Microsoft released software patches Tuesday to fix a security vulnerability that has been active for 19 years in its widely used Windows operating system. A researcher with IBM discovered the bug in May, and described it as a “significant vulnerability.”

The bug allows hackers to remotely take control of a PC, and has been present in every version of Microsoft's operating system since Windows 95. The bug was rated at 9.3 out of a possible 10 on the Common Vulnerability Scoring System, or CVSS, a measure of severity in computer security.

A blog post on IBM's Security Intelligence website said that the bug had “been sitting in plain sight for a long time despite many other bugs being discovered and patched in the same Windows library.”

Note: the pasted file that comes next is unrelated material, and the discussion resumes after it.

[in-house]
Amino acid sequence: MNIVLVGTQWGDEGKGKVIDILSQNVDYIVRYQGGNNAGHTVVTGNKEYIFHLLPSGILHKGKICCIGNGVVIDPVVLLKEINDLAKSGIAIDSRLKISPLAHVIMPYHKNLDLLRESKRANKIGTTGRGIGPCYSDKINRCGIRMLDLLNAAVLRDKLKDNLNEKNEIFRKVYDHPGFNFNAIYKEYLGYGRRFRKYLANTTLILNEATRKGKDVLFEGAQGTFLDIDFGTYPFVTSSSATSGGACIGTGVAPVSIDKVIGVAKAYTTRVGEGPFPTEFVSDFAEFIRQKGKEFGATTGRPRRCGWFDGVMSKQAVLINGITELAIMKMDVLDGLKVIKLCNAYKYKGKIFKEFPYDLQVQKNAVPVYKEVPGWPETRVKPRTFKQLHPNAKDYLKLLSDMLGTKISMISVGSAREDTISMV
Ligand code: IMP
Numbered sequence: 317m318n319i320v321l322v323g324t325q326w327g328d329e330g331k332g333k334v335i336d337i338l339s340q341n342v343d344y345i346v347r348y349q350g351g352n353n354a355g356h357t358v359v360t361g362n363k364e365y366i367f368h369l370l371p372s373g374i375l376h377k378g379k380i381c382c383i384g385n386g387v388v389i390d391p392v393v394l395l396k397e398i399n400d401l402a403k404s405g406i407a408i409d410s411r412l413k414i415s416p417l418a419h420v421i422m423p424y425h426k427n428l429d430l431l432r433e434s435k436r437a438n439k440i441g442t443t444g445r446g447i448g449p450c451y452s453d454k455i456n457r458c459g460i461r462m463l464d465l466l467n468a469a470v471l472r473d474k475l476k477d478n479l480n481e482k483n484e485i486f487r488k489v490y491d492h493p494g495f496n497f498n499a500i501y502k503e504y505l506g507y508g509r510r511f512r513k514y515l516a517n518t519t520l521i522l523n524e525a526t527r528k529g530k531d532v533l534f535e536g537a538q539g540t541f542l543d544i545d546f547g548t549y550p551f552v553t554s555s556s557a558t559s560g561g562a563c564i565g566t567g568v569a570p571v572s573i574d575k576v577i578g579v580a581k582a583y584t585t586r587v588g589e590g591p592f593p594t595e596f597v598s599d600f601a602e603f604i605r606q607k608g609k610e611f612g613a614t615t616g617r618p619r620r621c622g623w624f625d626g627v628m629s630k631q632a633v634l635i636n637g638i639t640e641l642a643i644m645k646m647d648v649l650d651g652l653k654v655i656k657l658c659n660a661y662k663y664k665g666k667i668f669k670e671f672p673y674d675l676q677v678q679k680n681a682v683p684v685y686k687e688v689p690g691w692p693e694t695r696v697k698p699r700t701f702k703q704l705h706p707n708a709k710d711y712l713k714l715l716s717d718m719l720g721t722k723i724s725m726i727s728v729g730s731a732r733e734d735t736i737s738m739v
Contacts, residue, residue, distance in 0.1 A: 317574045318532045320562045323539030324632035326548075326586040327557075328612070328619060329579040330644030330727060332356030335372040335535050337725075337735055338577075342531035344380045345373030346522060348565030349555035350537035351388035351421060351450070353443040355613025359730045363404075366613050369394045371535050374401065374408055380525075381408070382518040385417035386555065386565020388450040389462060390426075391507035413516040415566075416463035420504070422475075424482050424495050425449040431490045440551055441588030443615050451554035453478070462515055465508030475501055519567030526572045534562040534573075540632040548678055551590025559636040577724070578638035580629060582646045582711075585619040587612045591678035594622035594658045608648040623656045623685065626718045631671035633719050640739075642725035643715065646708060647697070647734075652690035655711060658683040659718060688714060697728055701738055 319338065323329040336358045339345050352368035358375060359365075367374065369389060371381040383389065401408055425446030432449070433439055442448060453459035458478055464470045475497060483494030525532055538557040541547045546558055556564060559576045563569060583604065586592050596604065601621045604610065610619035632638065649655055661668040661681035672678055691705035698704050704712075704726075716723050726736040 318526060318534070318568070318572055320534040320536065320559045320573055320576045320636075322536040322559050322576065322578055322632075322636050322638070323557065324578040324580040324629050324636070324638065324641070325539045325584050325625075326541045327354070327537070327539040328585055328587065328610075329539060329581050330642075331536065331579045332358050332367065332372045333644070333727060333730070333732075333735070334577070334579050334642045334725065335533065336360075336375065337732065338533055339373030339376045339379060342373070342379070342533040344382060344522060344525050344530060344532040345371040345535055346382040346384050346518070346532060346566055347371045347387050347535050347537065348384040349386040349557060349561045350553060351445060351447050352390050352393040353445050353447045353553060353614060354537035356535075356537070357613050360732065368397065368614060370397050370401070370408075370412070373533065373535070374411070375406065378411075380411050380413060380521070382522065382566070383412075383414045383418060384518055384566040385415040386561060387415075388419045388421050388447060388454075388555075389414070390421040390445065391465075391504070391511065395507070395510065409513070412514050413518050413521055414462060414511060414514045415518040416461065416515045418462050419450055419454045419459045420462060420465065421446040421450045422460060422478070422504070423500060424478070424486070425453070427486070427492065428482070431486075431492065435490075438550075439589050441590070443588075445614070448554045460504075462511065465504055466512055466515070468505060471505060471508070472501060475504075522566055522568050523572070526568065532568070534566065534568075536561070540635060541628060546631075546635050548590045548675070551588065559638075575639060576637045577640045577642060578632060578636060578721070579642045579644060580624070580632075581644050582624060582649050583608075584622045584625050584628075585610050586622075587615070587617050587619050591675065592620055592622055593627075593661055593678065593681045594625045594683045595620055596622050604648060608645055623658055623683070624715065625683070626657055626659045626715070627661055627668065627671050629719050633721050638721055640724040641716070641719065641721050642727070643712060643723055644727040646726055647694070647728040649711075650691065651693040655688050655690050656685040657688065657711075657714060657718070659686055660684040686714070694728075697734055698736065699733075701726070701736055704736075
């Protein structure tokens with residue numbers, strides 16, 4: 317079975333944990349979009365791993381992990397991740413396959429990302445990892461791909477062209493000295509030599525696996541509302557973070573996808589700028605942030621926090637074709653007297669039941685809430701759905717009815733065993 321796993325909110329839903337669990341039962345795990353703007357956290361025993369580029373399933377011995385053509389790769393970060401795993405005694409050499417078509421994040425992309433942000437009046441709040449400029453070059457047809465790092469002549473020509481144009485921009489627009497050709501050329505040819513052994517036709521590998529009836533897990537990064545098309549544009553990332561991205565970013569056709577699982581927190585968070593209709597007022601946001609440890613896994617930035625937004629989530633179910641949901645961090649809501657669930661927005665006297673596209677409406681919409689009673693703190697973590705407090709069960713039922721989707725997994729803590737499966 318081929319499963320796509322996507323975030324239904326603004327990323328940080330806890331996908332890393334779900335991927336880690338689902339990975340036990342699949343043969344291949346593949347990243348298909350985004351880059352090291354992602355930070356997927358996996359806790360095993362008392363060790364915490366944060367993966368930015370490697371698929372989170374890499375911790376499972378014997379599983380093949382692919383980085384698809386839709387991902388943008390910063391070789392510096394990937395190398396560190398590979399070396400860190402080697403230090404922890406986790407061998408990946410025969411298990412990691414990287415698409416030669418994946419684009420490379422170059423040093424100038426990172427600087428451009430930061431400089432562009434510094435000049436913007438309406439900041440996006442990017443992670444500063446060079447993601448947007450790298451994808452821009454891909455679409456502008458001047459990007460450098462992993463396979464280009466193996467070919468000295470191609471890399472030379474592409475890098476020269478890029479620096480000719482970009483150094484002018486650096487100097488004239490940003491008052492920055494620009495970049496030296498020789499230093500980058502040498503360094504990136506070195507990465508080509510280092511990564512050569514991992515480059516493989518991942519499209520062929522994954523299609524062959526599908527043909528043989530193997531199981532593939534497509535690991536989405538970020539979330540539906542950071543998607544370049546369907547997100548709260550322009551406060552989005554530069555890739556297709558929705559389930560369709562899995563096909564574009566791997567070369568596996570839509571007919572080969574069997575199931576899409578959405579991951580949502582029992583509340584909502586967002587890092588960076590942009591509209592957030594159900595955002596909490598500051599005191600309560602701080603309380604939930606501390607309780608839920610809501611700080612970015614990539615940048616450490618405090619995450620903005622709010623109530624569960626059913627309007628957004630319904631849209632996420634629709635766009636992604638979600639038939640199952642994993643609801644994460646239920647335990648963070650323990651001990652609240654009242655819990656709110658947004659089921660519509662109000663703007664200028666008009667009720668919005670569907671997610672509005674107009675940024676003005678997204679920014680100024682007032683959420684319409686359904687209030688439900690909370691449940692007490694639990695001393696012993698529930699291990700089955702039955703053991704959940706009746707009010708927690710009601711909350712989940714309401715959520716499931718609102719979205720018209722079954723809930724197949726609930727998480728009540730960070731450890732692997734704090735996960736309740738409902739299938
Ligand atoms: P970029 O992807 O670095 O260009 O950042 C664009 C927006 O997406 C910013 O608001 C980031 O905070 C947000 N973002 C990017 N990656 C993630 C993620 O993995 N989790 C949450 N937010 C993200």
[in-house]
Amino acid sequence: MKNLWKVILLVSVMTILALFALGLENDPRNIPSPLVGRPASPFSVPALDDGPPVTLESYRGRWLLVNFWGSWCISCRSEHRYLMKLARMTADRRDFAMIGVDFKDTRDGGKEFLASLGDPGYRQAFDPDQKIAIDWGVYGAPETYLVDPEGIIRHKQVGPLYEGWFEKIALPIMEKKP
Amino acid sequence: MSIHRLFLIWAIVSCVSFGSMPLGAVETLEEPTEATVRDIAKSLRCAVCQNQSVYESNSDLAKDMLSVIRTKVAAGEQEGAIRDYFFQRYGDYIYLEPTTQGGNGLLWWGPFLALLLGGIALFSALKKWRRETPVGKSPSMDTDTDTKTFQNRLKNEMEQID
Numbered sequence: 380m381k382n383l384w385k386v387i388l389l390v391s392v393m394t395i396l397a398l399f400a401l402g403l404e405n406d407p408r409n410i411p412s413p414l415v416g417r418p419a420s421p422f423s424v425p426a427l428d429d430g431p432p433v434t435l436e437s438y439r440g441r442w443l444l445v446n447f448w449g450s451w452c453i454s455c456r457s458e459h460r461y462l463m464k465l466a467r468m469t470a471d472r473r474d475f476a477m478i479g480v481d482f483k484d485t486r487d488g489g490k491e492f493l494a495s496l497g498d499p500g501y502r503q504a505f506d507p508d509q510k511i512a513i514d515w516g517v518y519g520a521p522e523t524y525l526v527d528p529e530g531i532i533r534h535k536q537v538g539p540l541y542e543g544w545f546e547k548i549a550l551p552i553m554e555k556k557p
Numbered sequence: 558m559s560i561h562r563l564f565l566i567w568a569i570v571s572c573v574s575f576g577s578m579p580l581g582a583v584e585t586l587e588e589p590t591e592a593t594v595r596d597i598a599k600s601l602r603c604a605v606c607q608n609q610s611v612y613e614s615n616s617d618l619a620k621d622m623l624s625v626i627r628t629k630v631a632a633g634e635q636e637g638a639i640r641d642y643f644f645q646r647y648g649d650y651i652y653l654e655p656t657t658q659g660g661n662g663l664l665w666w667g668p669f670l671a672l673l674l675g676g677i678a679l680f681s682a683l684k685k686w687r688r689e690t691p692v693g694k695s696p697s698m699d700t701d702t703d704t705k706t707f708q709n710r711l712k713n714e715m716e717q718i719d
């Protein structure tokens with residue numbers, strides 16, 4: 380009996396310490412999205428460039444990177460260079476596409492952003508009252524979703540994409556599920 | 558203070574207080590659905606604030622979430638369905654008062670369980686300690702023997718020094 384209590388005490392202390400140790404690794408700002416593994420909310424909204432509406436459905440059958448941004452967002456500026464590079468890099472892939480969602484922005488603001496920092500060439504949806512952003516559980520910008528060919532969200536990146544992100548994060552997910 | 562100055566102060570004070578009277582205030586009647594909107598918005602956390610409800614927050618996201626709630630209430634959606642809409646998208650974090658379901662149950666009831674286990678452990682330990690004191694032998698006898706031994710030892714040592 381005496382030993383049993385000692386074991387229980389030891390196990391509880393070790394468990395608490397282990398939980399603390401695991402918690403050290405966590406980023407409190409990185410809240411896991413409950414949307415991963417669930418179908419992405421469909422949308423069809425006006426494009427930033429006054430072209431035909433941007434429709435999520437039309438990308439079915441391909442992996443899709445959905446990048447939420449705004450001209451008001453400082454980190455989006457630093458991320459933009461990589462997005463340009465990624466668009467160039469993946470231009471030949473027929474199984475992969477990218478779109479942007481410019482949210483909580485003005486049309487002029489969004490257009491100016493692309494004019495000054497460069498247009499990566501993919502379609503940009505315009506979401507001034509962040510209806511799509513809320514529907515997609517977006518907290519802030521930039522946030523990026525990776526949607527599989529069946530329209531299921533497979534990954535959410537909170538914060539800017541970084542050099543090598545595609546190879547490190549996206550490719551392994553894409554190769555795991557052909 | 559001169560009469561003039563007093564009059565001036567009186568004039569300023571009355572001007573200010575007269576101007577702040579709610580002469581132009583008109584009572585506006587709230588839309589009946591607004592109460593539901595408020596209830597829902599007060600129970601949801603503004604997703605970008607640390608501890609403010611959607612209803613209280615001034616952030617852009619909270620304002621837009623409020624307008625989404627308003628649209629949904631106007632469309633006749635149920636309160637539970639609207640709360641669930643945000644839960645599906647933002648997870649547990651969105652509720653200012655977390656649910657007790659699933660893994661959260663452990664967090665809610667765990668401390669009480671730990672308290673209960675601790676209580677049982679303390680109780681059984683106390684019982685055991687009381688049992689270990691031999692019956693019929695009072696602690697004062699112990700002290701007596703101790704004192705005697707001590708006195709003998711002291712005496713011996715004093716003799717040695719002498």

It added that the discovery of the vulnerability suggested that other bugs, yet to be discovered, “could lead to substantial exploitation scenarios.”

Microsoft has tackled the security issues that the bug raises by releasing 14 software patches in its monthly security update for Windows, according to a report from the BBC.

The security updates, however, will only be effective for users of Windows Vista or newer operating systems, according to PCWorld. Microsoft discontinued support for Windows XP, the next-most recent version of its Windows operating system, in April.